2D flood model preferences


During the last years we witnessed an important increment in the availability of 2D flood models.
As a result, there were many discussions about "which one is the best 2D flood model?". Personally, I consider that all models that satisfy some benchmarking tests (to verify their accuracy by comparing with some known cases) are good and will provide good results when properly used (adequate selection of cell size, coefficients, boundary conditions). I consider that the main differences between different 2D models are:
  • Computing cost. Some models demand more computing time and use bigger files.
  • Graphical user interface. This is the main difference in any computer program. Software developed by different developers have different GUI. Some are more friendly and some not.
  • User experience. Maybe this one is the most important one. When a user begins to use one model, he becomes familiarized with its interface and its performance. Thus, the users develops an intuitive knowledge about this model and becomes faster at using it.
Poll
This post is a poll about the preferences when selecting a 2D flood model. 10 of the most popular 2D flood models are presented for you to selecte the model that you prefer. The models considered in this survey were selected considering:
  • Their performance was verified considering at least 7 benchmarking tests of the UK Joint Defra Environment Agency (Reference 1, Reference 2).
The models considered in this survey are (they were listed in alphabetical order, no preference):
  • ANUGA: An Open Source Hydrodynamic / Hydraulic Modelling. Most of its components are written in the object-oriented programming language Python. Thus, it is possible to use it via Python scripts.
  • Delft3D: Developed and maintained by Deltares. Although the full potential of this model is for simulating 3D flows, it is also possible to perform 2D simulations by considering one vertical depth averaged layer.
  • Flo-2D: Developed and maintained by Flo-2D software. This model is based on finite elements.
  • Flood modeller pro: One of the most popular models in UK, and during the last years it got a fast growing number of users thanks to the release of a free version. It is the latest update of ISIS.
  • HEC-RAS: Developed and maintained by the USACE. This is one of the most popular hydraulic models. For many years it was limited to 1D flows. However, the HEC-RAS version 5 released in 2015 also includes 2D capabilities.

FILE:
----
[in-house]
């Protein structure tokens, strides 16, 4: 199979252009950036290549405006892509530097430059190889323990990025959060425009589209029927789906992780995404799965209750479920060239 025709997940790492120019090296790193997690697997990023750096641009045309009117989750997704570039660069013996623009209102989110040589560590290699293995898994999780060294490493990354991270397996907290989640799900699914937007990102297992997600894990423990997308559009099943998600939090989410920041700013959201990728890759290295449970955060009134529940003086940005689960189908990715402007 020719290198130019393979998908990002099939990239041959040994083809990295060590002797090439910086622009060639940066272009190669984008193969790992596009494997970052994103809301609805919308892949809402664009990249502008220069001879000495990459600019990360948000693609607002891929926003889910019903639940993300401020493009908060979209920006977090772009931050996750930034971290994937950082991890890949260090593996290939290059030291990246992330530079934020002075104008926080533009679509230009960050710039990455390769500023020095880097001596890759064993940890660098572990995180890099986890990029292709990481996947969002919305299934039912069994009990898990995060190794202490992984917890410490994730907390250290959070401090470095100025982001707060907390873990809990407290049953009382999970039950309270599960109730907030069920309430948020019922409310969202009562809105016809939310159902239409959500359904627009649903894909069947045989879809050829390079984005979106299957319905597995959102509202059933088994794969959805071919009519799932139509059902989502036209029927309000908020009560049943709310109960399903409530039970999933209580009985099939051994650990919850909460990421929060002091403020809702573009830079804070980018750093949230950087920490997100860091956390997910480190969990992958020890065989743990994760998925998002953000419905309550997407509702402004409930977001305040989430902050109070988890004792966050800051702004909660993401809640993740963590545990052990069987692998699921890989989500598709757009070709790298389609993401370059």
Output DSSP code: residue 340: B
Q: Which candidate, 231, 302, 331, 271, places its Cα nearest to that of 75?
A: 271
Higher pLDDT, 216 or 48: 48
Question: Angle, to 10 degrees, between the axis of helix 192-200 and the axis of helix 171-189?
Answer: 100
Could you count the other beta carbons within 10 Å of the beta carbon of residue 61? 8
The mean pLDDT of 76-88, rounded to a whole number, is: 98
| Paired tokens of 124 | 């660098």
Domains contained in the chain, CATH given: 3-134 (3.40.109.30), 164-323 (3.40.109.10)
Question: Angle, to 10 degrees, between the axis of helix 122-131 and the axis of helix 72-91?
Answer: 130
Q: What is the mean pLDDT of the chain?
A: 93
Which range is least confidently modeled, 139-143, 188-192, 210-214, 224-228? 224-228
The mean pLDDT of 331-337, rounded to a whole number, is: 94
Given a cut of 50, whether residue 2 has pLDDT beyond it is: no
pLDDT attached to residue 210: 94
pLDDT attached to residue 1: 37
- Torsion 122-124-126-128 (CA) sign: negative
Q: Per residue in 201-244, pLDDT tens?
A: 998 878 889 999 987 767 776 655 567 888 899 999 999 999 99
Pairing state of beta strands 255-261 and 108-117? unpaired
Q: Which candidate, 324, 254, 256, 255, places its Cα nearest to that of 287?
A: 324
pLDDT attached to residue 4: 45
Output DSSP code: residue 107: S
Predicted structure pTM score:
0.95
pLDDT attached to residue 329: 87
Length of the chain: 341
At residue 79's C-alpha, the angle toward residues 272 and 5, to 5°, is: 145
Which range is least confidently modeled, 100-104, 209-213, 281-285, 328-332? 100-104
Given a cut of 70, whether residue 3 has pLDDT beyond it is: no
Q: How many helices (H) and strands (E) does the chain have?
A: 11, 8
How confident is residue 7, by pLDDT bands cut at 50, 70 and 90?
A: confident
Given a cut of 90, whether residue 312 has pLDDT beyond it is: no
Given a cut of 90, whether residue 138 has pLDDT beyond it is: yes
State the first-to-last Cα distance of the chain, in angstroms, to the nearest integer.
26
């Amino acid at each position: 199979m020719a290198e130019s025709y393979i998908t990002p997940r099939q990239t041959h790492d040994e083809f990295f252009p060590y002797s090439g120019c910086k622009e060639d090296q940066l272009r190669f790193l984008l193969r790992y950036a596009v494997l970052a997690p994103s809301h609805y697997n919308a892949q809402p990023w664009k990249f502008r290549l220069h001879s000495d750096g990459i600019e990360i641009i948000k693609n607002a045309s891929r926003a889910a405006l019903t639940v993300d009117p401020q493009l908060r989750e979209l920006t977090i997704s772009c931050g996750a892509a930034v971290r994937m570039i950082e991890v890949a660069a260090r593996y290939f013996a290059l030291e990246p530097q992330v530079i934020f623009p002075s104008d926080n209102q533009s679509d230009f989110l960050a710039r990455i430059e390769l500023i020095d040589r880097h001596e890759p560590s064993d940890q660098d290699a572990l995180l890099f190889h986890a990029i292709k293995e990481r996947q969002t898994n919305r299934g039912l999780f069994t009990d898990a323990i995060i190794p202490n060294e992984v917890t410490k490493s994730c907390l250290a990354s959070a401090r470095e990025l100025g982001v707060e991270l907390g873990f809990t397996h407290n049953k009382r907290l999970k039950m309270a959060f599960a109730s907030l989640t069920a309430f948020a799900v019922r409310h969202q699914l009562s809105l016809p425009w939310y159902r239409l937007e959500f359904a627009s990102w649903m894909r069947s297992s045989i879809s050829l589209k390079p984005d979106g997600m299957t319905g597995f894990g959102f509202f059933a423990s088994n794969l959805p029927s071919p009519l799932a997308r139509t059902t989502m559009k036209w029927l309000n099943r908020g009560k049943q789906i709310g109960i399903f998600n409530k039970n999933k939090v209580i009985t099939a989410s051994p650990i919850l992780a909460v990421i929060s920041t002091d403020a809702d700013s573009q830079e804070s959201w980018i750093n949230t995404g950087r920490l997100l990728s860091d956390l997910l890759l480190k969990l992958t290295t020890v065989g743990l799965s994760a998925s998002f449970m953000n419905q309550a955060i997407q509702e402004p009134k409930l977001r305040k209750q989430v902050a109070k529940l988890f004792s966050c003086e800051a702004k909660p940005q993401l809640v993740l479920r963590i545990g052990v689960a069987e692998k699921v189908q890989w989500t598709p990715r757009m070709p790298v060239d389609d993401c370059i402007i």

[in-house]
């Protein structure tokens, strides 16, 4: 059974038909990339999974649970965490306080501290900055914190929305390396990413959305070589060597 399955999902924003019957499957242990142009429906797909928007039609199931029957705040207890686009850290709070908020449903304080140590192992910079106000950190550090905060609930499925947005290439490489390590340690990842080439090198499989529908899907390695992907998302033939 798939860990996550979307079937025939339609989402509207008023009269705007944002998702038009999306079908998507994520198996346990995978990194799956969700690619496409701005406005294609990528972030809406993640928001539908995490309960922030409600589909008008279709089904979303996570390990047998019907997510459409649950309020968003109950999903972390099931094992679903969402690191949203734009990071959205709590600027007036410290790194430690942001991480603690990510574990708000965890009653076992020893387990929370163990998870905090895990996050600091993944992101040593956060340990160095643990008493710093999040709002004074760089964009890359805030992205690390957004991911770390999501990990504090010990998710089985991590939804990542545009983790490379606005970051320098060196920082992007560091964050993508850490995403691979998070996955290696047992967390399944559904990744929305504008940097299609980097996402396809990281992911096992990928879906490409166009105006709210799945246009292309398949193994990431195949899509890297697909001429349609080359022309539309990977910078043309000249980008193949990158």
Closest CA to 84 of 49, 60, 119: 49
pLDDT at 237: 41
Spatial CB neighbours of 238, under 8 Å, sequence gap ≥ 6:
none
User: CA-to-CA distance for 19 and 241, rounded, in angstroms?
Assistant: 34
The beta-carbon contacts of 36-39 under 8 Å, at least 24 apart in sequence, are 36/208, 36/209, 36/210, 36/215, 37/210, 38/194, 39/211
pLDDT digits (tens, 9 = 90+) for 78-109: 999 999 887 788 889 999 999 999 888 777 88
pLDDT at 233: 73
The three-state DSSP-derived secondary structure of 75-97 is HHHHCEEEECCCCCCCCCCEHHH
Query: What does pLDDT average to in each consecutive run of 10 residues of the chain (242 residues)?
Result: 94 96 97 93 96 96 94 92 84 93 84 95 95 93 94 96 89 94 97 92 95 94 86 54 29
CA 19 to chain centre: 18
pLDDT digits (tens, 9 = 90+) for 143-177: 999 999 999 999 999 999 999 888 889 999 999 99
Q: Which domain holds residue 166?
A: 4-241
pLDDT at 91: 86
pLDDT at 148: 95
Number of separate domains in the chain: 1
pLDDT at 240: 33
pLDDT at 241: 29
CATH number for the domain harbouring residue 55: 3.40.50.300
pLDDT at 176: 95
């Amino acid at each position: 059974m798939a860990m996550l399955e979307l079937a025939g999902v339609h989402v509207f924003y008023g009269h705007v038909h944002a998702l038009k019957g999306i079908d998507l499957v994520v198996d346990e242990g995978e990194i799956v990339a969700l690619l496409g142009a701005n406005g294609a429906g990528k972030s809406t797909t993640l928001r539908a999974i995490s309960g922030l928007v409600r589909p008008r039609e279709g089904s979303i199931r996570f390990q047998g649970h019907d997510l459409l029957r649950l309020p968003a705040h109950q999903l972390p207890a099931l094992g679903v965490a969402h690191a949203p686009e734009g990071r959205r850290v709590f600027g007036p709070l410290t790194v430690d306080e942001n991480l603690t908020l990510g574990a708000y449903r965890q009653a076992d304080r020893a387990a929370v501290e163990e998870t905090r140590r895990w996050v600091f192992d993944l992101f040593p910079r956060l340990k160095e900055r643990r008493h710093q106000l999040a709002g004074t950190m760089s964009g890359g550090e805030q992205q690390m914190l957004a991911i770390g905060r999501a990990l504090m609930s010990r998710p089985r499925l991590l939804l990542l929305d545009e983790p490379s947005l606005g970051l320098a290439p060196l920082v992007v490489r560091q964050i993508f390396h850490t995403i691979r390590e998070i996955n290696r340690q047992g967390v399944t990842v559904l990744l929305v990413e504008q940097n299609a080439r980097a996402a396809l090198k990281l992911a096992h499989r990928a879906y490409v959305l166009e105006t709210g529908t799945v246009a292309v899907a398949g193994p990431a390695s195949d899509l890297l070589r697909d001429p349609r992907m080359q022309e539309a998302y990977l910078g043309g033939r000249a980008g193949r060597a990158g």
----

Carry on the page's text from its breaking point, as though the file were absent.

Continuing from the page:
• InfoWorks ICM: A very popular model from UK. This model does not only solves the 1D-2D overland flow, but it provides a complete catchment modelling including hydrology and underground drainage sewer systems .
  • ISIS2D: A very popular model in the UK. However, in was replaced by Flood Modeller Pro, which is the latest update of ISIS, and integrates bith the 1D and the 2D.
  • LISFLOOD: Developed and maintained by the University of Bristol. Unlike the other models, this model does not solve hydrodynamic differential equations, but it is based on cellular automata. Thus, it does not require much computing power and the computations are very fast.
  • MIKE21 - MIKE Flood: Developed and maintained by DHI. This is one of the 2D flood models with more cases studies in the world.
  • Sobek 1D2D: Developed and maintained by Deltares. This model was designed specifically for rivers. It was one of the first models to include the hybrid 1D2D capabilities; the main channel simulated as 1D, while the floodplains are simulated as 2D.
  • TELEMAC: Developed and maintained by the TELEMAC-MASCARET consortium. This finite element based model was initially developed by SOGREAH, but in 2010 it was released as a free model by the mentioned consortium
  • TUFLOW: Developed and maintained by BMT WBM. I think that this was the first model that included the nested grid capabilities.
  • XP solutions: It provides a set of models for water resources, drainage and flood hazard. It includes broader scope of tools for including the effects of civil infrastructure.

You can view the current results (percentage of preference) in the following link. Although I have my preference, I will not participate in this poll, as I do not considered it to be fair (I organize the poll). If there is another model that you would like to include in the poll, please let me know (the model needs to verify the benchmarking tests).

4 comments:

Torben Strange Jensen said...

How many did actually participate in this interesting pole?

Vladimir Moya Quiroga Gomez said...

Thanks for the question. It began monday. Last time I checked there 120 votes. I will add the possibility to view all the votes

Vladimir Moya Quiroga Gomez said...

The votes can be viewed in this link. I also included the summary view after submit the form and the link in the form
https://docs.google.com/spreadsheets/d/1tW-pakPPPciUEngEJCs1TbsTPptG_HhAKnvfkPd_cPQ/edit#gid=2004667282

Chris Huxley - TUFLOW said...

Great idea for the survey. I’ve noticed it looks like there are repetitive votes seconds apart for the same 2D model. I’ve just done a test and you can repeatedly vote from the same device!!! So sadly, I suspect this survey may now be a bit of a joke? :(